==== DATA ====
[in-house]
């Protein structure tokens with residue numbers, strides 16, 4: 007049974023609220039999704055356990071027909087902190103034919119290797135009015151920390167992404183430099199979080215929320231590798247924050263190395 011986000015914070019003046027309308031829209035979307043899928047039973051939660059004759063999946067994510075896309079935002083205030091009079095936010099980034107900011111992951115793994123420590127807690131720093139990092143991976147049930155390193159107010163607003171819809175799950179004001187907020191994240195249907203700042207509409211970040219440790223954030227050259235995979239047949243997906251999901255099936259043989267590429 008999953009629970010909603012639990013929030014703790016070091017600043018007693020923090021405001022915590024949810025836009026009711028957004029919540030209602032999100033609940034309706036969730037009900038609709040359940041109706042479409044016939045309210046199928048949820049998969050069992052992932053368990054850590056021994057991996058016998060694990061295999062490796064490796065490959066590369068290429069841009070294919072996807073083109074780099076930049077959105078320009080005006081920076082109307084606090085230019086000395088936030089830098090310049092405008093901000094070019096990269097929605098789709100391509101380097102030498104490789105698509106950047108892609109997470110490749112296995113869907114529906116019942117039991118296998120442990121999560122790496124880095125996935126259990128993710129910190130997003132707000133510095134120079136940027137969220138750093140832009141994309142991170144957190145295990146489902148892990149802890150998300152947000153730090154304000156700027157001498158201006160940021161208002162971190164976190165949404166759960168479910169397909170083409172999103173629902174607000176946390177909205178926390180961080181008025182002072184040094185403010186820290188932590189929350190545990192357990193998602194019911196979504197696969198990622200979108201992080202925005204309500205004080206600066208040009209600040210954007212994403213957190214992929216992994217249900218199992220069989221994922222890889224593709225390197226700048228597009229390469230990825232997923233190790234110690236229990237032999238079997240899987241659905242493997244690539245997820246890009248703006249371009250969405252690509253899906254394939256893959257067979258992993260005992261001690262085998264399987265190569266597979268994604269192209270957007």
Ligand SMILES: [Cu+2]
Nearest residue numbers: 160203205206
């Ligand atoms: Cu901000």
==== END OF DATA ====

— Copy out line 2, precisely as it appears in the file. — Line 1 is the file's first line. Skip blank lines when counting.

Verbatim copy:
């Protein structure tokens with residue numbers, strides 16, 4: 007049974023609220039999704055356990071027909087902190103034919119290797135009015151920390167992404183430099199979080215929320231590798247924050263190395 011986000015914070019003046027309308031829209035979307043899928047039973051939660059004759063999946067994510075896309079935002083205030091009079095936010099980034107900011111992951115793994123420590127807690131720093139990092143991976147049930155390193159107010163607003171819809175799950179004001187907020191994240195249907203700042207509409211970040219440790223954030227050259235995979239047949243997906251999901255099936259043989267590429 008999953009629970010909603012639990013929030014703790016070091017600043018007693020923090021405001022915590024949810025836009026009711028957004029919540030209602032999100033609940034309706036969730037009900038609709040359940041109706042479409044016939045309210046199928048949820049998969050069992052992932053368990054850590056021994057991996058016998060694990061295999062490796064490796065490959066590369068290429069841009070294919072996807073083109074780099076930049077959105078320009080005006081920076082109307084606090085230019086000395088936030089830098090310049092405008093901000094070019096990269097929605098789709100391509101380097102030498104490789105698509106950047108892609109997470110490749112296995113869907114529906116019942117039991118296998120442990121999560122790496124880095125996935126259990128993710129910190130997003132707000133510095134120079136940027137969220138750093140832009141994309142991170144957190145295990146489902148892990149802890150998300152947000153730090154304000156700027157001498158201006160940021161208002162971190164976190165949404166759960168479910169397909170083409172999103173629902174607000176946390177909205178926390180961080181008025182002072184040094185403010186820290188932590189929350190545990192357990193998602194019911196979504197696969198990622200979108201992080202925005204309500205004080206600066208040009209600040210954007212994403213957190214992929216992994217249900218199992220069989221994922222890889224593709225390197226700048228597009229390469230990825232997923233190790234110690236229990237032999238079997240899987241659905242493997244690539245997820246890009248703006249371009250969405252690509253899906254394939256893959257067979258992993260005992261001690262085998264399987265190569266597979268994604269192209270957007």